14 San Diego L. Rev. 42 (1976-1977)
The Nonpriority Program of the Immigration and Naturalization Service Goes Public: The Litigative Use of the Freedom of Information Act

handle is hein.journals/sanlr14 and id is 52 raw text is: The Nonpriority Program of the Immigration
and Naturalization Service Goes Public:
The Litigative Use of the Freedom of
Information Act *
LEON WILDES**
Had it not been for a certain rock musician and former Beatle
named John Lennon, an article on the nonpriority program might
never have been written. The research required a plaintiff willing
to patiently await the outcome of numerous administrative requests
for information and then to pursue a suit under the Freedom of
Information Act (FOIA).1 The entire program was so shrouded in
secrecy that a former District Director of the Immigration and
* The statistical study of the Immigration Service's nonpriority pro-
gram was previously published. Wildes, The NonprioritV Program of the
Immigration and Naturalization Service-A Measure of the Attorney Gen-
era's Concern for Aliens, 53 INTERPRn'r RELEASES 25 (1976).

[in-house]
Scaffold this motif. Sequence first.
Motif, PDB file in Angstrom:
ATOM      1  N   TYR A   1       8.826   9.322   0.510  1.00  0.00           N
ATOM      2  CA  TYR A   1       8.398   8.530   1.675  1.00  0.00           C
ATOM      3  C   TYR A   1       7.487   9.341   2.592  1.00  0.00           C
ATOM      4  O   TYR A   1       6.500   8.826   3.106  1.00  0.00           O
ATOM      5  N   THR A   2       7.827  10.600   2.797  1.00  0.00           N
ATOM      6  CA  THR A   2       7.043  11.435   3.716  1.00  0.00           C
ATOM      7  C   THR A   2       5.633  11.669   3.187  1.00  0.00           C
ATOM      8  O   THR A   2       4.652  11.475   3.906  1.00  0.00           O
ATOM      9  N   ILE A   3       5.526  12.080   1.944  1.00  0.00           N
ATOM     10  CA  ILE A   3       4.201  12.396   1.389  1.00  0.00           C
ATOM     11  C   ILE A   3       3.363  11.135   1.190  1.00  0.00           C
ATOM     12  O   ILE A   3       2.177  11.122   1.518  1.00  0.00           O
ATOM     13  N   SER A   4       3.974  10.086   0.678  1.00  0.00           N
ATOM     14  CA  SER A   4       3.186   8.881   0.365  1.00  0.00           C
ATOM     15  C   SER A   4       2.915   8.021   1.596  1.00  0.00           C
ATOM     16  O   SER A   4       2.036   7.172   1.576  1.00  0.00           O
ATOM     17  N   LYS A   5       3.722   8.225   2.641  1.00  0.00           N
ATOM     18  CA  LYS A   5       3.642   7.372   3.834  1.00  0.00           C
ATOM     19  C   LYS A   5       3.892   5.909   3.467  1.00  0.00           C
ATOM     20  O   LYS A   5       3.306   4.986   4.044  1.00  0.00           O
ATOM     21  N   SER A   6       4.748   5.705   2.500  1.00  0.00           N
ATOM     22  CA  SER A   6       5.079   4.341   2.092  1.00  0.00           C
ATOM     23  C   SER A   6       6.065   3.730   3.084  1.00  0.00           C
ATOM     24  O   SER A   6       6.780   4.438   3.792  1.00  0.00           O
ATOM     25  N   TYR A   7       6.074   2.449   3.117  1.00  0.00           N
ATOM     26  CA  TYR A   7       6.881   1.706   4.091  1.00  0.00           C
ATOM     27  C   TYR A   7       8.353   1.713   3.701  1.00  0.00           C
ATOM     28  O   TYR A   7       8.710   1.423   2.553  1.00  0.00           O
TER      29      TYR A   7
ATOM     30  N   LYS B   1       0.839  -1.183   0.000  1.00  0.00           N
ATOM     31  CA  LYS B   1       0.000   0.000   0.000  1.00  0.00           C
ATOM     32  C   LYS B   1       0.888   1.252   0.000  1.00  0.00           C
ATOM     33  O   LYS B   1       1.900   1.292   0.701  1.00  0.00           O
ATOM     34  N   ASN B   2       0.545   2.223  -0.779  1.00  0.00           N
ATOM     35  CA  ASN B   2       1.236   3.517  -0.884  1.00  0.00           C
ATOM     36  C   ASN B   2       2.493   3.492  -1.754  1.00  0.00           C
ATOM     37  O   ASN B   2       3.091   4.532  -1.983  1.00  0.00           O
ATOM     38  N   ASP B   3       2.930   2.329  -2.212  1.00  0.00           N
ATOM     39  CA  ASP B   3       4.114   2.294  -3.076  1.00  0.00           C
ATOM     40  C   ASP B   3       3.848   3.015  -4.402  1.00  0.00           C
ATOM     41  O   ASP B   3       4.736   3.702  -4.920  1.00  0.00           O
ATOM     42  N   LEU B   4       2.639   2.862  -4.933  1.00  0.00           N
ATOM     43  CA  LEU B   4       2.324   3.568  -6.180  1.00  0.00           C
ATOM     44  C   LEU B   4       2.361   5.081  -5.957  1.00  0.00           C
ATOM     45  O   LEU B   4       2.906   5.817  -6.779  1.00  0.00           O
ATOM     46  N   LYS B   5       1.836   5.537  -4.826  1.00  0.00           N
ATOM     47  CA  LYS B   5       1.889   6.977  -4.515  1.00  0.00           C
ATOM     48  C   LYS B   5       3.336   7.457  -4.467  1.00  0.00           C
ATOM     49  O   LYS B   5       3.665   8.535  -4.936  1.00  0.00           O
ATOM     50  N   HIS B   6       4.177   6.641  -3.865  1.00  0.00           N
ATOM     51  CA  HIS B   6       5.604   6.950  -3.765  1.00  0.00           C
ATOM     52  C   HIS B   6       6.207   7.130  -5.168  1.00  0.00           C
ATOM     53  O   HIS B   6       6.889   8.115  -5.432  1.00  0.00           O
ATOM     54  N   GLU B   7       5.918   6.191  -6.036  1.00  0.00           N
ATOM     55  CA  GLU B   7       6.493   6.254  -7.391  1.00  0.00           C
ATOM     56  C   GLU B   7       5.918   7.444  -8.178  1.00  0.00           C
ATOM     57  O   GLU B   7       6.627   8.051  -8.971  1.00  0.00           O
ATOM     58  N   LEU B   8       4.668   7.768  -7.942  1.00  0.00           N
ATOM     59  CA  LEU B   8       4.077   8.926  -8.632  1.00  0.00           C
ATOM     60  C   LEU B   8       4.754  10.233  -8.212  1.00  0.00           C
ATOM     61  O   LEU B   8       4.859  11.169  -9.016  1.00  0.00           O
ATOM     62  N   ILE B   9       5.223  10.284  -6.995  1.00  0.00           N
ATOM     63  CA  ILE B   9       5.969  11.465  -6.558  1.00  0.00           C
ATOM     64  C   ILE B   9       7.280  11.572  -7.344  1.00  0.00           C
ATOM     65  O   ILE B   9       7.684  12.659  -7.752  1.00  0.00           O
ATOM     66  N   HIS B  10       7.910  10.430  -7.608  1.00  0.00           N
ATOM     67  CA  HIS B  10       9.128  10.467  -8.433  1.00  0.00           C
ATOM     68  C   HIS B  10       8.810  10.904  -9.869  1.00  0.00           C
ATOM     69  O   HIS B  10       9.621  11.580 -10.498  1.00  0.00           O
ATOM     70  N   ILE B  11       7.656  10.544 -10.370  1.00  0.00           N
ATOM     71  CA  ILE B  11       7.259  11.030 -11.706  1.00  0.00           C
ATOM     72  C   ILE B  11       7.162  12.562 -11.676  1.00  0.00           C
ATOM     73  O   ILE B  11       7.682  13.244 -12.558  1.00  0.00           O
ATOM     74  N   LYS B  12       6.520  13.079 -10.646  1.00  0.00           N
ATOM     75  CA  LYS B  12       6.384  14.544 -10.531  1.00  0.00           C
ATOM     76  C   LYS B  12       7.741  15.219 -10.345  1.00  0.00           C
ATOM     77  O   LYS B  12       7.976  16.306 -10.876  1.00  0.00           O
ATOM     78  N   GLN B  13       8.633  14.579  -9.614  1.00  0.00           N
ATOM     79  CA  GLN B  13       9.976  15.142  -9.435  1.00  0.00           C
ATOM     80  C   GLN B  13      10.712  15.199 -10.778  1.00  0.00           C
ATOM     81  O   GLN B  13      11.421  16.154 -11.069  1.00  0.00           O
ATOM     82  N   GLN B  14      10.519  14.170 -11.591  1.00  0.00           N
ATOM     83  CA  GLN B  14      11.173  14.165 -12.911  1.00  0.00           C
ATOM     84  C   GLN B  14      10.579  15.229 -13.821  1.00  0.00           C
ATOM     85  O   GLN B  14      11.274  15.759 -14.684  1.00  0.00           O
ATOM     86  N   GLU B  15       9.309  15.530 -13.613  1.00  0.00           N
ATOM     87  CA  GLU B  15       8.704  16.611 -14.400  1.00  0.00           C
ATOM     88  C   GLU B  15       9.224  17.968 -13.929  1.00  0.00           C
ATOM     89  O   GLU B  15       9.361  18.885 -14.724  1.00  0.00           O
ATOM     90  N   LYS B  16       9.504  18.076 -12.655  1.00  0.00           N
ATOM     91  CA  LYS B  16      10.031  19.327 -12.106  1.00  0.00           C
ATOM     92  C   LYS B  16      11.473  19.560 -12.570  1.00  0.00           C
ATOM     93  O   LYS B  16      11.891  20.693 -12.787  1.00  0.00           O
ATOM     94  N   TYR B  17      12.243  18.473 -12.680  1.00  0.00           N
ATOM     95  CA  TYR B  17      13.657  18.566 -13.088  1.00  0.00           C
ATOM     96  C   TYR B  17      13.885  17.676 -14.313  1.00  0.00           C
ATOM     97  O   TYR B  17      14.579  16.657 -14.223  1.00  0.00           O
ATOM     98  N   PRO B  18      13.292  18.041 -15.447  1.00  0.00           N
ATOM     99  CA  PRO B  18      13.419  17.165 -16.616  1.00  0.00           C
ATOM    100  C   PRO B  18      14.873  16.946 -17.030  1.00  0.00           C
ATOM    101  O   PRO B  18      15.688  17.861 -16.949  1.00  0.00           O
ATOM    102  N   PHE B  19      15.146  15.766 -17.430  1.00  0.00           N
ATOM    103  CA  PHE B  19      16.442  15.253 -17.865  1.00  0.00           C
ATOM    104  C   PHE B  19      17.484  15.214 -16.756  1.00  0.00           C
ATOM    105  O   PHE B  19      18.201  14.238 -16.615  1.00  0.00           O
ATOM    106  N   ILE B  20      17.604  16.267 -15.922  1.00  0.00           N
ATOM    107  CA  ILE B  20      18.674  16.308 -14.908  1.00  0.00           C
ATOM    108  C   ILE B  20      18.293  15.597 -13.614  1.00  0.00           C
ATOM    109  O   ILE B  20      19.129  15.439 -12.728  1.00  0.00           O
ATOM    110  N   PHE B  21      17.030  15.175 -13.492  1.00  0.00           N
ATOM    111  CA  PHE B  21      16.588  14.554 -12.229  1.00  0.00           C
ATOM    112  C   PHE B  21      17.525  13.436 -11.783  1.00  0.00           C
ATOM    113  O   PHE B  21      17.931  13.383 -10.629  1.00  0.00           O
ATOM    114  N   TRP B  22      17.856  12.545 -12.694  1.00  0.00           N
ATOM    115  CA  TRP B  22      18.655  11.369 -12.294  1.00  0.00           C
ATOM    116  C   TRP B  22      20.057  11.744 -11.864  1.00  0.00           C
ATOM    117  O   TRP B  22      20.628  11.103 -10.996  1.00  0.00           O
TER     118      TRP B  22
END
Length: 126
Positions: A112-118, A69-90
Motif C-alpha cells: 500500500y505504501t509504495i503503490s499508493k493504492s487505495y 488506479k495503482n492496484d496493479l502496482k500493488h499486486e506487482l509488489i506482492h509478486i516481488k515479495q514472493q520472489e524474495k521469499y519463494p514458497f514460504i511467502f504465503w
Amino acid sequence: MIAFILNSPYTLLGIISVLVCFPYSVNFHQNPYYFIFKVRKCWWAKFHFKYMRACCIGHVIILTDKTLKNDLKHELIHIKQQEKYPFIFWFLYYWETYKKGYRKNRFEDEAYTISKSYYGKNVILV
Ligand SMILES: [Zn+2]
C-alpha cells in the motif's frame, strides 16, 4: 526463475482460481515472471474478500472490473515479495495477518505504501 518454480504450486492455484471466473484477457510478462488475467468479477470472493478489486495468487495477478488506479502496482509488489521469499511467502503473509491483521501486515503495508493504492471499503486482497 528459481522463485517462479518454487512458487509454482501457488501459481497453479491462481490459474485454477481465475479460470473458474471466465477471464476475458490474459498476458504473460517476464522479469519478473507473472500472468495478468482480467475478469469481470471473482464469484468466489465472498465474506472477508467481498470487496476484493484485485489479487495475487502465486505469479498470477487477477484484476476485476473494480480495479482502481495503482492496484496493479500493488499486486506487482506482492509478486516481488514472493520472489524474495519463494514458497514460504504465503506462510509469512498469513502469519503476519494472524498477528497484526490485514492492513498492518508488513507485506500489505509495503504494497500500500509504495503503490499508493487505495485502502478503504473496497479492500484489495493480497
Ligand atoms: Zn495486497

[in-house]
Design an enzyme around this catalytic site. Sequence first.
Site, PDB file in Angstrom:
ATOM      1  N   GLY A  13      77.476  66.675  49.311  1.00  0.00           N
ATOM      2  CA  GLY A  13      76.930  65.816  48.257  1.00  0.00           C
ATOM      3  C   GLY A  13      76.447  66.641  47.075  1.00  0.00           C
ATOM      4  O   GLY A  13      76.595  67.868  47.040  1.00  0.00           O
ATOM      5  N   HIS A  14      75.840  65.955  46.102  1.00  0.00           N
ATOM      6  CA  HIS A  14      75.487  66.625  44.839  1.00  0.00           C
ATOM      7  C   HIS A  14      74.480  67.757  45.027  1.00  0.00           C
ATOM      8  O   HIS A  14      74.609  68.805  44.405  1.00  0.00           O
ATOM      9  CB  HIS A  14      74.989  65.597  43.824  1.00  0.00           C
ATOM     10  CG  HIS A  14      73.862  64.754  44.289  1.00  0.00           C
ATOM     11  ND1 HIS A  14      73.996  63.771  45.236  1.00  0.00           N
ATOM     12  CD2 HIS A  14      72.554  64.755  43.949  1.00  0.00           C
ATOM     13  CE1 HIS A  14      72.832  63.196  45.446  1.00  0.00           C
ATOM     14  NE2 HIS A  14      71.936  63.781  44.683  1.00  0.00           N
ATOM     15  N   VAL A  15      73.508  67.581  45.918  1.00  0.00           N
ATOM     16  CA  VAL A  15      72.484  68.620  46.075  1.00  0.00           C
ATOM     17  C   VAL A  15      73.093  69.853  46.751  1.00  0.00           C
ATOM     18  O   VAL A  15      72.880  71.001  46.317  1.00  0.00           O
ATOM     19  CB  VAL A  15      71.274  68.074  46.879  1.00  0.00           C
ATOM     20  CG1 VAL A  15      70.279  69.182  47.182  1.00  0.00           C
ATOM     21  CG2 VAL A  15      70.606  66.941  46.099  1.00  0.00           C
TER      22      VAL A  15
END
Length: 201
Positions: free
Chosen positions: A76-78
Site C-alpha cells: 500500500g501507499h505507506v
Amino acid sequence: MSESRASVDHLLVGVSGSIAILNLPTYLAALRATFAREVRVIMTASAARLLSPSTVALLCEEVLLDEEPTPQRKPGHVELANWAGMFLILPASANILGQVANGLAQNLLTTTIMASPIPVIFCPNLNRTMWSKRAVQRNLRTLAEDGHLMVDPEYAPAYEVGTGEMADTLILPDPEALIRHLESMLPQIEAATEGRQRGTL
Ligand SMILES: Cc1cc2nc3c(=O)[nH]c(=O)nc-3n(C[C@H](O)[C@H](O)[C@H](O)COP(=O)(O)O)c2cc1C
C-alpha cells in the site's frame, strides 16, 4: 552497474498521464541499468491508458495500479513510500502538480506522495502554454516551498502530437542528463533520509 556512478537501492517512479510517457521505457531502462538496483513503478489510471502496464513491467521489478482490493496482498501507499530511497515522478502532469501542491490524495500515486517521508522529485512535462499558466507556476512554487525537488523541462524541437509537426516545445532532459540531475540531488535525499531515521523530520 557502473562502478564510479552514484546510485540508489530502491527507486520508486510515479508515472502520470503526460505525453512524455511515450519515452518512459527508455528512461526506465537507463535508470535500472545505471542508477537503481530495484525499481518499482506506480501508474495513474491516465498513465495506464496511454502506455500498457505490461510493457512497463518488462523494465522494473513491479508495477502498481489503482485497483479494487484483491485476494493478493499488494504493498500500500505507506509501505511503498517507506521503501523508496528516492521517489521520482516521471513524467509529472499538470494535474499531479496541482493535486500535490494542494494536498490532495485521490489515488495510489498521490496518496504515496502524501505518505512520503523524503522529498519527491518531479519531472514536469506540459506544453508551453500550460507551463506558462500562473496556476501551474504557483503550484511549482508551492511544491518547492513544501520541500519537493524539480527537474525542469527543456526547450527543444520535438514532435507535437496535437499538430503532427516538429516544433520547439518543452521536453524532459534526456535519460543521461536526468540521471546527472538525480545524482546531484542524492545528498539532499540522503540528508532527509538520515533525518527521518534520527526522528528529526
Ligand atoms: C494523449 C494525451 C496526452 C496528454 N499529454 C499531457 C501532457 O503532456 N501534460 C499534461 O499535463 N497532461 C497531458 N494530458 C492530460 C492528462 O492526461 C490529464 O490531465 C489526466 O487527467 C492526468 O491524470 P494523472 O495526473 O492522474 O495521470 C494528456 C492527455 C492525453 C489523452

** Leon Wildes, B.A., Yeshiva University; J.D. & LL.M., New York Uni-
versity School of Law; New York immigration attorney; past president of
the National Association of Immigration and Nationality Lawyers. He rep-
resented John Lennon and Yoko Ono in their five-year long battle with
the Immigration Service. The author wishes to acknowledge the contribu-
tion of Mr. David Grunblatt, a student at New York University Law School,
who assisted in the preparation of this article.
1. 5 U.S.C.  552 (1974).

What Is HeinOnline?

HeinOnline is a subscription-based resource containing nearly 2,700 academic and legal journals from inception; complete coverage of government documents such as U.S. Statutes at Large, U.S. Code, Federal Register, Code of Federal Regulations, U.S. Reports, and much more. Documents are image-based, fully searchable PDFs with the authority of print combined with the accessibility of a user-friendly and powerful database. For more information, request a quote or trial for your organization below.



Short-term subscription options include 24 hours, 48 hours, or 1 week to HeinOnline with pricing starting as low as $29.95

Access to this content requires a subscription. Please visit the following page to request a quote or trial:

Already a HeinOnline Subscriber?